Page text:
The more research I do on the possibility of getting the Lab grown cartilage implantation to work, the more and more it seems that the possibility is more and more true. I recently found another article showing how researchers in labs around the world have gotten the cartilage to be grown, and quite easily, using 90s printers. (source: http://www.nytimes.com/2013/08/20/science/next-out-of-the-printer-living-tissue.html?pagewanted=2&_r=4&ref=todayspaper&)
A Daryl D’Lima, who is the head of an orthopedic research lab at the Scripps Clinic, has already succeeded in getting bio-artificial cartilage from extracted bovine tissue.
First, he and his team succeeded from getting an old inkjet printer (a 1990s-era Hewlett-Packard printer, a Deskjet 500, with bigger nozzles, a thermal inkjet printer) to put on layer upon layer of a gel containing the cells that cartilages are composed of. The ideas was to replace the ink in the cartridges with their cartilage-making mixture, which consisted of a liquid called PEG-DMA and the chondrocytes. (This I am assuming is from bovine sources).
Second, he and his team have also gotten some bit of cartilage that have been extracted from people who have already gone through knee replaceent surgery.
Like any good researcher, he is cautious in his optimism, and the speed at which his research in the lab will be viable to be placed in the market for the general public to use. Technically speaking, the process might still need to be perfected a little, but it seems most of the challenges at this point is beauracratic in nature, (ie conduct clinical trials, and getting regulatory approval)
D’Lima’s hope is to have just a printer in the OR one day right next to the surgeons. It will… “custom-print new cartilage directly in the body to repair or replace tissue that is missing because of injury or arthritis…”
This device that D’Lima’s team have build is not really like the 3D Printers that are conventionally used in manufacturing companies like PLA and ABS. This bioprinters print cells, but what is actually extruded through the extruder head is a gel or liquid medium. The gel medium would eventually act like the extracellular matrix of the cell, and that eventually turns into living tissue.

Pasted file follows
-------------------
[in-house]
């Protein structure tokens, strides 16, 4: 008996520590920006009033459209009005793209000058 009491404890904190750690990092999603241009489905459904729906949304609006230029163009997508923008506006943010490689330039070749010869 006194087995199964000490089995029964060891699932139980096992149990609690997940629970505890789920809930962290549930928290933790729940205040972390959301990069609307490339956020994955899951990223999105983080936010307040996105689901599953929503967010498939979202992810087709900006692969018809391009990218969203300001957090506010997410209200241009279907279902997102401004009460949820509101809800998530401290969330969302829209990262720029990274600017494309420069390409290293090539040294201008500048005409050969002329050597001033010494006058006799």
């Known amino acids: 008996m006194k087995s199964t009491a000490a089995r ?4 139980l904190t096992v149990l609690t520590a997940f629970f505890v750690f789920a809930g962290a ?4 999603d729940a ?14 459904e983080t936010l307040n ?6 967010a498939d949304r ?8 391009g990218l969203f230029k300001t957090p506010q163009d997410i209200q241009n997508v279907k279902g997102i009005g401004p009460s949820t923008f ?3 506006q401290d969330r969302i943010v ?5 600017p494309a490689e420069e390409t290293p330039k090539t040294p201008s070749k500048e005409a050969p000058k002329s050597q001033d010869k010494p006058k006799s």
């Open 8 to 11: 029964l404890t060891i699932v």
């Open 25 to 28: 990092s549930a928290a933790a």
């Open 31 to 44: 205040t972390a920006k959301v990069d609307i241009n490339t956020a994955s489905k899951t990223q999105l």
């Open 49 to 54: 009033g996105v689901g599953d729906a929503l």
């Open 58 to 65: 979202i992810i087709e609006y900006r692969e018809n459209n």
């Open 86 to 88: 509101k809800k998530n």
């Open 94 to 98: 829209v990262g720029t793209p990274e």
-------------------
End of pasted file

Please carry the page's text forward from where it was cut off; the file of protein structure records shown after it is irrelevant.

When we look closer at the possibility of pushing the cells in the gel medium through the 3d bioprinter’s head without killing the cells, it seems that the cells did indeed survive. The heat pulse was so rapid that most cells survived the process. (Important thing to remember: There is actually two main ways to get the tissues made. The 2nd approach on making living functional tissues involve starting with a scaffold first and then adding cells into it.)
The advantage of using a bioprinter to print layers of gel and cells on top of the previous layer is that with the bioprinter, it can control the placement of the cells to be similar to cell layout and overall cell structure and aligment of natural cell arrangements. Remember that to have a cartilage to work like a natural growth plate, the cells (chondrocytes) will need to be stacked on top of each other in a “column” like structural alignment.
What we do have in terms of bad news is that we probably will not have the bioprinters making functional hearts in a few years though. That might take more like 20-30 years. The company Organovo is mentioned again. Thomas Boland, a researcher at the University of Texas has still been able to say that the future is in regenerative medicine.
It does however say that when it comes to the cartilage tissue, it is much easier to bioprint than most other tissues. Dr D’Lima says the following “… cartilage might be the low-hanging fruit to get 3-D printing into the clinic”
The reason why cartilage tissue is easier than the others is because it is simpler. The chondrocytes in the ECM is actually quite low maintenance. The cells don’t get their nutrients through blood vessels, but through diffusion through the ECM.
Here at NHGH I will be the first person to acknowledge that what Dr. D’Lima is trying to create is articular cartilage for the ends of bones, not epiphyseal cartilage types, although at the structural level, they are the same thing. Articular and Epiphyseal cartilage are both hyaline cartilage. We want to get epiphyseal type hyaline cartilage created, which will be implanted between two bone segments.
The natural growth plate or epiphyseal cartilage does seem to get its main source of nutrients from blood vessels, that run to the epiphysis and the metaphysis. That might be a technical challenge if we tried to shift the expected functon of the cartilage we are bioprinting to not just stay in cartilage form (for treating articular cartilage damage due to osteoarthritis) but to eventually grow volumetrically and push overall to become longer and make bones longer.
What is good to know however is that the body naturally produces chemical signals that would cause the local area of an osteonomy (bone cut) to start to develop vascularization. Over time, blood vessels will automatically grow into the cartilage implant. This process is however slow.